Hello hi, archaeologist here,

Jordan Peterson’s pronouncements on the nature of social inequality ARE demonstrably untrue. Inequality is NOT an endemic condition and burial goods are NOT proof of it.

Let’s unwrap this with.... evidence! 1/
FIRST, people being buried with goods is definitely NOT limited, by any measure. It’s widespread across time and space, stretching back to the very beginning of humans (maybe even before!). When you pan across all our ancestors (not just European ones), it’s wildly common. 2/
While the *quantity and content* of burial goods changes across different socioeconomic systems and over time,

💀🎁 burying your folk with stuff is a humanly thing to do.

but also,

💀 so is not burying your people with stuff!

People are hard to pin down like that. 3/
Where I work on the Interior Plateau of BC, burial goods are common for the last 5,000 years. Even when all other aspects indicate equality (or at least lack of pronounced stratification), or even poverty, people are furnished in death with jewelry, tools, paints etc. 4/
A good general source for basic facts on burial in the human past is The Oxford Handbook of the Archaeology of Death and Burial (Nilsson Stutz and Tarlow). It’s also full of discussions of the major issues. JP should read it. oxfordhandbooks.com/view/10.1093/o… 5/
SECOND, grave goods on their own are not taken by prehistorians as a proxy for inequality.

Mortuary practices are perfomative, so not a straight indicator. We also look at household archaeology, inter-site dynamics, and bioarcharchaeology (cos inequality has health effects). 6/
In her blog Bones Don’t Lie, @kmeyersemery gives a few vivid examples from Roman burial culture highlighting how unreliable assumptions about wealth can be: bonesdontlie.wordpress.com/2011/11/08/ine… 7/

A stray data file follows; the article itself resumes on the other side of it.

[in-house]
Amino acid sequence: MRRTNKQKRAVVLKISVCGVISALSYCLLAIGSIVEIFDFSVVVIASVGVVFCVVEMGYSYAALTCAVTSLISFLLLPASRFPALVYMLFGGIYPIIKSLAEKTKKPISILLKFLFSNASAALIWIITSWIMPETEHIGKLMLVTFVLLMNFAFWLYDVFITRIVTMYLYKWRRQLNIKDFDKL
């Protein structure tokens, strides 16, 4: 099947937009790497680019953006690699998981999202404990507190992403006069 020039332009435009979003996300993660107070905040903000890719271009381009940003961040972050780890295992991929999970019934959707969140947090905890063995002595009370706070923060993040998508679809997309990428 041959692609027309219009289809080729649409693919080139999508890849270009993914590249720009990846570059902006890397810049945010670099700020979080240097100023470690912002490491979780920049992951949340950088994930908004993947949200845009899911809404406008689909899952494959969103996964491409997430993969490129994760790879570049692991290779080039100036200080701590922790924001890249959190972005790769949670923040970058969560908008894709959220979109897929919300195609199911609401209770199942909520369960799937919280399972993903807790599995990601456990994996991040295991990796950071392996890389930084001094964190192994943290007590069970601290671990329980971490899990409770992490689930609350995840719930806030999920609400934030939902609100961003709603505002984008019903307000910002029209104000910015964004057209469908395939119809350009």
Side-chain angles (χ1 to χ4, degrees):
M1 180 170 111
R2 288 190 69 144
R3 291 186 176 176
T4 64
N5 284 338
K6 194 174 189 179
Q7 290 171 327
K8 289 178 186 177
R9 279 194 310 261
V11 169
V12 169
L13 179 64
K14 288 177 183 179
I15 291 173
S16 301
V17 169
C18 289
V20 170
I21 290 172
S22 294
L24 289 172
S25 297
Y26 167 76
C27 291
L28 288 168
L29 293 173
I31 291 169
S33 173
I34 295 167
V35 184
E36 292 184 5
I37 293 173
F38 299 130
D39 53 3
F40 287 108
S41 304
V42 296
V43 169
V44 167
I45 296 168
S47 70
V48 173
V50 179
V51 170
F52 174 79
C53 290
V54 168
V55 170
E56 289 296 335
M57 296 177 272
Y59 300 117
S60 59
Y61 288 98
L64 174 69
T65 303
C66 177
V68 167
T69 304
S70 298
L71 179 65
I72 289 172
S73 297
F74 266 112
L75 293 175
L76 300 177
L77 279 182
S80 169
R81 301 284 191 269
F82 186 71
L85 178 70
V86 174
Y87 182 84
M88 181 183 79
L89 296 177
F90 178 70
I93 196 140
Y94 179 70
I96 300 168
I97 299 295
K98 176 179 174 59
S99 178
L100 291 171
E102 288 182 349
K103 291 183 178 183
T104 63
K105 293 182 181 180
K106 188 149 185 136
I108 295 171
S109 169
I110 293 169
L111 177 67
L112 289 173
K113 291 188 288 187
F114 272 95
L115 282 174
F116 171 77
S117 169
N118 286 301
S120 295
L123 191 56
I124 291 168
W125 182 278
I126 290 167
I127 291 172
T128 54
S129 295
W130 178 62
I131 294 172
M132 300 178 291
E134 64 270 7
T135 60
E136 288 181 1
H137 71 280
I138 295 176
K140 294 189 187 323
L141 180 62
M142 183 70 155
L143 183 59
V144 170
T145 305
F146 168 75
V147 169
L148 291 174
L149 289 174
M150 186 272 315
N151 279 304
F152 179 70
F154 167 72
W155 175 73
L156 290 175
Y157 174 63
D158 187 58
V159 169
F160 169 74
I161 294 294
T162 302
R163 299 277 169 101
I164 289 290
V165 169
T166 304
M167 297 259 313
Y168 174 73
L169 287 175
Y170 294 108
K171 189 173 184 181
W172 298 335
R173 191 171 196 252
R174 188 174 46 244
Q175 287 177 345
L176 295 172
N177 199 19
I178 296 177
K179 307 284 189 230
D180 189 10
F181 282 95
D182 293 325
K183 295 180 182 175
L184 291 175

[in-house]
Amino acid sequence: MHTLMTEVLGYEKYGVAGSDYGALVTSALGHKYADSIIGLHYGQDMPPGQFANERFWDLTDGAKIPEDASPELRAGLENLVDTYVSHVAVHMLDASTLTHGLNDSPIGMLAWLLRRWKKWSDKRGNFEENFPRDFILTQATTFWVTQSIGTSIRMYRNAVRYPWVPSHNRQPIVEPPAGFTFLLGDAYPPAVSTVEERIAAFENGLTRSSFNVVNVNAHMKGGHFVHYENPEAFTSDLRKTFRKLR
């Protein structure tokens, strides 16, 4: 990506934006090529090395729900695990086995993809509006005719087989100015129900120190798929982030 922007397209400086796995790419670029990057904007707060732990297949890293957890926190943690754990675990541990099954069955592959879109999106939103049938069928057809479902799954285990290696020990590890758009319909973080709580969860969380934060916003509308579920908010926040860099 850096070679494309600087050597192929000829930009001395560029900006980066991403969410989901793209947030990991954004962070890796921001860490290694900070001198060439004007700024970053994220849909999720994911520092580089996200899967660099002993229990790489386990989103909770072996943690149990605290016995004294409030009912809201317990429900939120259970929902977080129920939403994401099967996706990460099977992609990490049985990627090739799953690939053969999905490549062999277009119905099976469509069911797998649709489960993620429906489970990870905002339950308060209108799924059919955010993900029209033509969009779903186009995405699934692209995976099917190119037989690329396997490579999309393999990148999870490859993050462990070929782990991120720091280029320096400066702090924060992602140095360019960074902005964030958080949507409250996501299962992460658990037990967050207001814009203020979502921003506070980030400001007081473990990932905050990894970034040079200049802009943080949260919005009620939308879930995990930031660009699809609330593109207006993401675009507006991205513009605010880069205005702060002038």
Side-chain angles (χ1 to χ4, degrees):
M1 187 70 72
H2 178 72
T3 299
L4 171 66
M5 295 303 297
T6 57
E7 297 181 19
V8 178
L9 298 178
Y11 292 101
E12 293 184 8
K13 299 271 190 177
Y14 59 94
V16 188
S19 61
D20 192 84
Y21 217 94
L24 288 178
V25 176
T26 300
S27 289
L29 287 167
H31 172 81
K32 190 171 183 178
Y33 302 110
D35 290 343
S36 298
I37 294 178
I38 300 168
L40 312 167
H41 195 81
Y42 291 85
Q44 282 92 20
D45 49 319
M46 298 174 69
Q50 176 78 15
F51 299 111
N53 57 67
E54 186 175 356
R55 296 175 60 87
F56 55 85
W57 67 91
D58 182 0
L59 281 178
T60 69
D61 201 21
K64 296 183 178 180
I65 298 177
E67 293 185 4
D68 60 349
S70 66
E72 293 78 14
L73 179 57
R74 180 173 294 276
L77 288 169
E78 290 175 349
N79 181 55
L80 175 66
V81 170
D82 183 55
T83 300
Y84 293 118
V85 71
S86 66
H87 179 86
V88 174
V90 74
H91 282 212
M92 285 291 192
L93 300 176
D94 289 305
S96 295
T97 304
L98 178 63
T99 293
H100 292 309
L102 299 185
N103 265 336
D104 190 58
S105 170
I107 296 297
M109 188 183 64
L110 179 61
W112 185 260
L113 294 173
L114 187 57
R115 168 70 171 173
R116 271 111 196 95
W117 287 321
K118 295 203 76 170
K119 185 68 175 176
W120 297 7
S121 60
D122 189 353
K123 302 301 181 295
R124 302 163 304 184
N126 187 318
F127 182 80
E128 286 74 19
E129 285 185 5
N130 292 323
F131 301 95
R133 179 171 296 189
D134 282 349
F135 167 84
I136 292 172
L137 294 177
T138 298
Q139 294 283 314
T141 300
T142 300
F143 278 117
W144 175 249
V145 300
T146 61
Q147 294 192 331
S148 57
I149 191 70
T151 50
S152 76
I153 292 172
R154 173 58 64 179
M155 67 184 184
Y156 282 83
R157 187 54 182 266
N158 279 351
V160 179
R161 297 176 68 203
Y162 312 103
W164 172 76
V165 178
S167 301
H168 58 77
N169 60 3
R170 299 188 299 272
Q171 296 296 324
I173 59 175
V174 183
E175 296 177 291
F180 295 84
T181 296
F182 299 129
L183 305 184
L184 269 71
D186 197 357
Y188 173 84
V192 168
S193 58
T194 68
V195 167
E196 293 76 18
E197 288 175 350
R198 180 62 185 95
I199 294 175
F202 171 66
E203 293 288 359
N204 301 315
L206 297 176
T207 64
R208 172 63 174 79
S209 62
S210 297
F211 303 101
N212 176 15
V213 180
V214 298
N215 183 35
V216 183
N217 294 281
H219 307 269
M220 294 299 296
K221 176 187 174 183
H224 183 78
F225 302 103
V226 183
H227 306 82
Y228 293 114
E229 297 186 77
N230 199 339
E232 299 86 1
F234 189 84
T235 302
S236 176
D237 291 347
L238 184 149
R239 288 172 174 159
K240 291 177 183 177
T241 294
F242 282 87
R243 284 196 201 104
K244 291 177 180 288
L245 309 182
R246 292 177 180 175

Burial practices—by and for the living—are complex and are about so much more than actual wealth.

@adamoutside’s work on funerary landscapes, or “deathscapes”, covers how burial practices reflect both spoken and unspoken social goals of the living: tandfonline.com/doi/abs/10.108… 8/
Here’s a good summary of the common measures, besides burial status, used to determine imbalance in wealth and status, and our (archaeologists’) confidence in their effectiveness: core.tdar.org/document/40340… 9/
THIRD, inequality is NOT inevitable, it’s really variable through our existence. There’s no straight line in cultural development that correlates with rising inequality.

Worldwide, it’s more of a zigging, zagging, branching pattern with lots of abrupt starts and dead ends. 10/
And it’s *definitely* not a straight line from village leaders commoditizing some surplus to the existence of the massively wealthy “1%”.

The correlation THERE is with capitalist systems given free run where inequalities are violently enforced. 11/
Pronounced inequalities really only evolved in the last 10,000 years, with expansion and intensification of agriculture in Europe, Asia & parts of Africa, and the apparent lynchpin seems to be access to and domestication of beasts of burden. sciencedaily.com/releases/2017/… 12/
In the Americas, inequality is really diverse in terms of origins and expression. But interestingly, it def seems to have plateaued before reaching the extreme inequality that Europe exported with colonialism. 13/
Here’s a good collection of accessible archaeological thinking about how, where and when inequality is encountered in prehistory, and how we might approach explaining it’s diversity: core.tdar.org/collection/581… 14/
Here’s a good recent article that looks at >60 sites worldwide and a bunch of measures of inequality beyond burials. It’s the biggest of its kind and some of the most recent scholarship on these issues: nature.com/articles/natur…. 15/

A lot of this JP horseshit is given cred by scholars of *western history*, who conveniently sweep over everything that happened in the 190,000 years before that, and the endurance of Indigenous & other non-Eurasian socio-economic systems since the agricultural revolution 16/
The human experience is so much, much bigger than this slice of recent European societies that are offered without qualification as “history”, and so often put forth as


❌They’re not. JP IS WRONG.

Okeee I just dropped this thread and expect to hear from disgruntled JP fanboys (is there any other kind?),

but I’m going out of range now lol

When I come back I expect good faith discussion ~only~ in this thread
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